We had a lovely, windy day, so we grabbed the kites, invited the neighbors, and headed out to the park.
Homeschooling does put additional responsibility on the parents to help their kids socialize. That doesn’t mean homeschooled kids are necessarily at a disadvantage viz their typically-schooled peers when it comes to comes to socializing (I went to regular school and still managed to be terribly socialized;) it’s just one more thing homeschooling parents have to keep in mind. So I am glad that we’ve had the good luck recently to make several friends in the neighborhood.
I’ve been looking for good, educational YouTube channels. Now I haven’t watched every video on these channels and I make no guarantees, but they seem good so far:
Welch Labs also has a website with a free downloadable workbook that accompanies their videos about imaginary numbers. It’s a good workbook and I’m working through it now.
The King of Random, eg:
The Usborne Times Tables Activity Book is a rare find: a book that actually makes multiplication vaguely fun. Luckily there’s no one, set age when kids need to learn their multiplication tables–so multiple kids can practice their tables together.
In math we’ve also been working with number lines, concept like infinity (countable and uncountable,) infinitesimals, division, square roots, imaginary numbers, multi-digit addition and subtraction, graphing points and lines on the coordinate plane, and simple functions like Y=X^2. (Any kid who has learned addition, subtraction, multiplication and division can plot simple functions.)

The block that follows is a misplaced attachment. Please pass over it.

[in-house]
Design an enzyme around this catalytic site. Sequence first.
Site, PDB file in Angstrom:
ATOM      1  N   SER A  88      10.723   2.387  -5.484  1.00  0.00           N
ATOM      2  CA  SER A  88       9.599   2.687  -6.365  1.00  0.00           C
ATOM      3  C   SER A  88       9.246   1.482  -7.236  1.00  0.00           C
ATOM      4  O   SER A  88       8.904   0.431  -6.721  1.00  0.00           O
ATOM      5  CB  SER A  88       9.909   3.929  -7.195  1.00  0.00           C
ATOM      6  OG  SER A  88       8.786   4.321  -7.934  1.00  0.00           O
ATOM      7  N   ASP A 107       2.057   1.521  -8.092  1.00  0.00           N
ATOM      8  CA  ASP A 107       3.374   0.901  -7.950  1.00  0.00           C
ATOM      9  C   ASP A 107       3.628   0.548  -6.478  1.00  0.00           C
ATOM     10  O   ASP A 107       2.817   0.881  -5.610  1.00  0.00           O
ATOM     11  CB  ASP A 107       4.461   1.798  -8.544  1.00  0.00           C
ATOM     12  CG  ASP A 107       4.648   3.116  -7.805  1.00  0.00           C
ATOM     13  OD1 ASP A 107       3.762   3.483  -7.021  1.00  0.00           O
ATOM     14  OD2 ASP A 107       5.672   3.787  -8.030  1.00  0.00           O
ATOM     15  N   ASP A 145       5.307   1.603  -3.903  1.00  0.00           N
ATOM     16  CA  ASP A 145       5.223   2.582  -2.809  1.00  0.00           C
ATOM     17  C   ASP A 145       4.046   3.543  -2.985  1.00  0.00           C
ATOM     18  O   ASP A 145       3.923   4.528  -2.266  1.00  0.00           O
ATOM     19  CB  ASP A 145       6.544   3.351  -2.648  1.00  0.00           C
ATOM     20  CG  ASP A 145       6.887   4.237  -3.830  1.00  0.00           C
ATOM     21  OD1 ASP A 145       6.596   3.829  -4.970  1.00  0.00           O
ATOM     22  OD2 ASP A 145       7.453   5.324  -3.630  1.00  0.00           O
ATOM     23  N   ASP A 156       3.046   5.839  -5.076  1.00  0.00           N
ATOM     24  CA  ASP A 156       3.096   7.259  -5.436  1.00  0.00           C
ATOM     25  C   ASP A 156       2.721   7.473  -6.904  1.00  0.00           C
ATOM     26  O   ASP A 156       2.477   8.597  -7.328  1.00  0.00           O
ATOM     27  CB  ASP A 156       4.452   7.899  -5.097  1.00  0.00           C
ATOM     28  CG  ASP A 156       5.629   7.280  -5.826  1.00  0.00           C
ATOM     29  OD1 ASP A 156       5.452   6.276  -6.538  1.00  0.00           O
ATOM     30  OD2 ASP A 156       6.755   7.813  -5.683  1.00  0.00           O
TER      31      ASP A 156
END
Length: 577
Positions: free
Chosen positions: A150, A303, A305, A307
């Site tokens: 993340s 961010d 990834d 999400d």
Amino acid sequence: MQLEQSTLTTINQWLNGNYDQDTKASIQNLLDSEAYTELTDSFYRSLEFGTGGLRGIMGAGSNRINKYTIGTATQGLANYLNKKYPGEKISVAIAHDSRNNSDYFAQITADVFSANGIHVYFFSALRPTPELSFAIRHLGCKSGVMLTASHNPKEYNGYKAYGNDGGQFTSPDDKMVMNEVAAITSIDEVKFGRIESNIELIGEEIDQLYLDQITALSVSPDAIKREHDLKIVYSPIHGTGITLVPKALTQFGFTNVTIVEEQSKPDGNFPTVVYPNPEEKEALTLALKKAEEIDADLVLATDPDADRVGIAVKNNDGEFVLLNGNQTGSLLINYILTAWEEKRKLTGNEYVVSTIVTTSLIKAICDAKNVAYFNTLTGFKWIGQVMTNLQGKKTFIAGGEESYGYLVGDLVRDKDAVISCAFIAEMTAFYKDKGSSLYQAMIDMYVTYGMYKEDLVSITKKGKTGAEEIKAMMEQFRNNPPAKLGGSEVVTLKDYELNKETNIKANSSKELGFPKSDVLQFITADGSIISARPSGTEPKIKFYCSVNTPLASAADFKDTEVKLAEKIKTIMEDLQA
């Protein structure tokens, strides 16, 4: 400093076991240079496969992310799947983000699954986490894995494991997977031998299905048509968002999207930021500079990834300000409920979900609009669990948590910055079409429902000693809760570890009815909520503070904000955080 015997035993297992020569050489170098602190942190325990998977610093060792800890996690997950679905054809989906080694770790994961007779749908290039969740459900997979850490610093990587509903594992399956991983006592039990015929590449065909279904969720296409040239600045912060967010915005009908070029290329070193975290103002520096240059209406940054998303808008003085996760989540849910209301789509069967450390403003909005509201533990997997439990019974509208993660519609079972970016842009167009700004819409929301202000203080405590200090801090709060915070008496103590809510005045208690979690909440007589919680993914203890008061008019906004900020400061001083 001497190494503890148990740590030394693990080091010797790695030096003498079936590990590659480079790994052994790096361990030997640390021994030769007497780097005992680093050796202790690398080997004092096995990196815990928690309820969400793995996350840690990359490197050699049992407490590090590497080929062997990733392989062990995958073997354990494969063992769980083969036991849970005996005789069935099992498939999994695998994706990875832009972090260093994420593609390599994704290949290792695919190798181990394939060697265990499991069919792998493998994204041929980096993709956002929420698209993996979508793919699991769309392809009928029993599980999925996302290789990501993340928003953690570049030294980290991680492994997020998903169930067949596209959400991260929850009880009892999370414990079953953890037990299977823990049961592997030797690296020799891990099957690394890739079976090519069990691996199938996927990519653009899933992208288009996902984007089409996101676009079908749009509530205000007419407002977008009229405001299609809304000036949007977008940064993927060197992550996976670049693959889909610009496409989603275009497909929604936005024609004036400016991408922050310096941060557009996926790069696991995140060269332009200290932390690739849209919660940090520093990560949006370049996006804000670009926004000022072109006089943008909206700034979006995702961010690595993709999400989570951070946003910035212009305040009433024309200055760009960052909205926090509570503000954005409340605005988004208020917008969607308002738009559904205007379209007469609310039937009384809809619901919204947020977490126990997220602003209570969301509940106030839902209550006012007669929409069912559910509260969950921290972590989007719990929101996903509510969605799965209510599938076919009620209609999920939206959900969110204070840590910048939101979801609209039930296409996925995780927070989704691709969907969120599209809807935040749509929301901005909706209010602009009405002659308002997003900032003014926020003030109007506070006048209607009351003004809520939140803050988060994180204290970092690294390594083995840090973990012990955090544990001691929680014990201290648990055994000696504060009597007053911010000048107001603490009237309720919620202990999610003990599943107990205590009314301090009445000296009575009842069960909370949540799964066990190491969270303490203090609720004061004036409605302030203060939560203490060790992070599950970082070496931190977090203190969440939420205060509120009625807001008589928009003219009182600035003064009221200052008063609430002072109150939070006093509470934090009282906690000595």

We started work with the cuisenaire rods, which I hope to continue–I can’t find our set on Amazon, but these are similar. We’re also using Alexander Warren’s book You can Count on it: A Mentor’s Arithmetic Patterns for Elementary Students for cusienaire activites.
If you’re looking for board game to play with elementary-aged kids, Bejeweled Blitz is actually pretty good. Two players compete to place tiles on the board to match 3 (or more) gems, in a row or up and down. (A clever play can thus complete two rows at once.) We play with slightly modified rules. (Note: this game is actually pretty hard for people who struggle with rotating objects in their heads.)
Picture Sudoku is fun for little kids (and probably comes in whatever cartoon characters you like,) while KenKen and magic squares and the like are good for older kids (I always loved logic puzzles when I was a kid, so I’d like to get a book of those.)
I’ve found a website called Memrise which seems good for learning foreign languages if you don’t have access to a tutor or know somene who speaks the language you want to learn. They probably have an app for phones or tablets, so kids could practice their foreign langauge on-the-go. (Likewise, I should stow our spelling book in the car and use car rides as a chance to quiz them.)
And of course we’re still reading Professor Astro Cat/working in the workbook, which involves plenty of writing.
For Social Studies we’ve been reading about fall holidays.
Hope you all have a lovely October! What are some of your favorite educational videos?